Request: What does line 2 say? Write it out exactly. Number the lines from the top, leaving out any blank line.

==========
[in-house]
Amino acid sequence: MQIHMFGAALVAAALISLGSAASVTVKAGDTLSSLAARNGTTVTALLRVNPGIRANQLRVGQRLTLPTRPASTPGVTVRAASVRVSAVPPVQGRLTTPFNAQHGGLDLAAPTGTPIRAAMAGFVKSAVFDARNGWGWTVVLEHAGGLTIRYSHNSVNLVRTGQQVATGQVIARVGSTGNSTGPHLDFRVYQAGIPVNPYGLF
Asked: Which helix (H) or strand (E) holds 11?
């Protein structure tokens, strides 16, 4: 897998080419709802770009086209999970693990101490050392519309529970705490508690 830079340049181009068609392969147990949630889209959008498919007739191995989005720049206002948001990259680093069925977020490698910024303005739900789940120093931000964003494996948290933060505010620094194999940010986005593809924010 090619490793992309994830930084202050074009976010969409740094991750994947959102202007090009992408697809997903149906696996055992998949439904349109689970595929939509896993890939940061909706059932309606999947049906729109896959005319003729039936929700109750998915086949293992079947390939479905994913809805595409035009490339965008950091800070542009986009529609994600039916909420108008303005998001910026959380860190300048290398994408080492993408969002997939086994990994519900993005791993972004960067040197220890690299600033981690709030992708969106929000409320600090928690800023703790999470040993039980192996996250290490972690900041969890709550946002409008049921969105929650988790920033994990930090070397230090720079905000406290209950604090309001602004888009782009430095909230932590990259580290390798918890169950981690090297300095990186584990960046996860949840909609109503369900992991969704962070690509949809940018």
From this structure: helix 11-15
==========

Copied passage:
Amino acid sequence: MQIHMFGAALVAAALISLGSAASVTVKAGDTLSSLAARNGTTVTALLRVNPGIRANQLRVGQRLTLPTRPASTPGVTVRAASVRVSAVPPVQGRLTTPFNAQHGGLDLAAPTGTPIRAAMAGFVKSAVFDARNGWGWTVVLEHAGGLTIRYSHNSVNLVRTGQQVATGQVIARVGSTGNSTGPHLDFRVYQAGIPVNPYGLF